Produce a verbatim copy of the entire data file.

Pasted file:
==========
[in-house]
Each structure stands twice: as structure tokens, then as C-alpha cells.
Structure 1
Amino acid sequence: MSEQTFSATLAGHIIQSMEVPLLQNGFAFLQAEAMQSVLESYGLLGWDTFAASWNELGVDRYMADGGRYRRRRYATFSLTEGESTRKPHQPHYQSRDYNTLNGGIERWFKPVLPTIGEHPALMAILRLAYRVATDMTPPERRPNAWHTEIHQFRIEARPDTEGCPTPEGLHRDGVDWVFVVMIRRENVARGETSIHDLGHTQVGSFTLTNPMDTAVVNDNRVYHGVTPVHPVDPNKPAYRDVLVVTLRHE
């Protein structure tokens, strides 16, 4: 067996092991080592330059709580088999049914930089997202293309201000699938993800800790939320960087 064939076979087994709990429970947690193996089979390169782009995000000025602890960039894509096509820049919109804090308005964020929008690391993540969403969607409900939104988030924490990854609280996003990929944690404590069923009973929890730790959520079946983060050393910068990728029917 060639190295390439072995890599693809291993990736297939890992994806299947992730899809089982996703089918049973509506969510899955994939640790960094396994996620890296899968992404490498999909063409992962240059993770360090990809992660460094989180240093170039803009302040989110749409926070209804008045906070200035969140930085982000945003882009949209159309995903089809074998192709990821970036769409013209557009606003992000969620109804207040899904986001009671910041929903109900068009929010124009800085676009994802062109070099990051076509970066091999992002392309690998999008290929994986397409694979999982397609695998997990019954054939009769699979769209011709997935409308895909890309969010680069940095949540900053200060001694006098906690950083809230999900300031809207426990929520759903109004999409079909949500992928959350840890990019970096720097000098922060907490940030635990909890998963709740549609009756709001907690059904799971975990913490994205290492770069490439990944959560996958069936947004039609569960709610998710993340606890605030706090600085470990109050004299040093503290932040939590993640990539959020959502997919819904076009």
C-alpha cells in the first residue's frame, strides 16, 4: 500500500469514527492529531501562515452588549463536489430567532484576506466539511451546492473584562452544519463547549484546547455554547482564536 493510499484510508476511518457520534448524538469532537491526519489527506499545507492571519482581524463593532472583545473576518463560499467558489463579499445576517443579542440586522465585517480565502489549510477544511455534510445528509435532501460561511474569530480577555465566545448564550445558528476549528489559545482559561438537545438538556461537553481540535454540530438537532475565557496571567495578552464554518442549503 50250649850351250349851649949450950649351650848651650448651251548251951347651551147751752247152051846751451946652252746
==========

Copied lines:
[in-house]
Each structure stands twice: as structure tokens, then as C-alpha cells.
Structure 1
Amino acid sequence: MSEQTFSATLAGHIIQSMEVPLLQNGFAFLQAEAMQSVLESYGLLGWDTFAASWNELGVDRYMADGGRYRRRRYATFSLTEGESTRKPHQPHYQSRDYNTLNGGIERWFKPVLPTIGEHPALMAILRLAYRVATDMTPPERRPNAWHTEIHQFRIEARPDTEGCPTPEGLHRDGVDWVFVVMIRRENVARGETSIHDLGHTQVGSFTLTNPMDTAVVNDNRVYHGVTPVHPVDPNKPAYRDVLVVTLRHE
């Protein structure tokens, strides 16, 4: 067996092991080592330059709580088999049914930089997202293309201000699938993800800790939320960087 064939076979087994709990429970947690193996089979390169782009995000000025602890960039894509096509820049919109804090308005964020929008690391993540969403969607409900939104988030924490990854609280996003990929944690404590069923009973929890730790959520079946983060050393910068990728029917 060639190295390439072995890599693809291993990736297939890992994806299947992730899809089982996703089918049973509506969510899955994939640790960094396994996620890296899968992404490498999909063409992962240059993770360090990809992660460094989180240093170039803009302040989110749409926070209804008045906070200035969140930085982000945003882009949209159309995903089809074998192709990821970036769409013209557009606003992000969620109804207040899904986001009671910041929903109900068009929010124009800085676009994802062109070099990051076509970066091999992002392309690998999008290929994986397409694979999982397609695998997990019954054939009769699979769209011709997935409308895909890309969010680069940095949540900053200060001694006098906690950083809230999900300031809207426990929520759903109004999409079909949500992928959350840890990019970096720097000098922060907490940030635990909890998963709740549609009756709001907690059904799971975990913490994205290492770069490439990944959560996958069936947004039609569960709610998710993340606890605030706090600085470990109050004299040093503290932040939590993640990539959020959502997919819904076009």
C-alpha cells in the first residue's frame, strides 16, 4: 500500500469514527492529531501562515452588549463536489430567532484576506466539511451546492473584562452544519463547549484546547455554547482564536 493510499484510508476511518457520534448524538469532537491526519489527506499545507492571519482581524463593532472583545473576518463560499467558489463579499445576517443579542440586522465585517480565502489549510477544511455534510445528509435532501460561511474569530480577555465566545448564550445558528476549528489559545482559561438537545438538556461537553481540535454540530438537532475565557496571567495578552464554518442549503 50250649850351250349851649949450950649351650848651650448651251548251951347651551147751752247152051846751451946652252746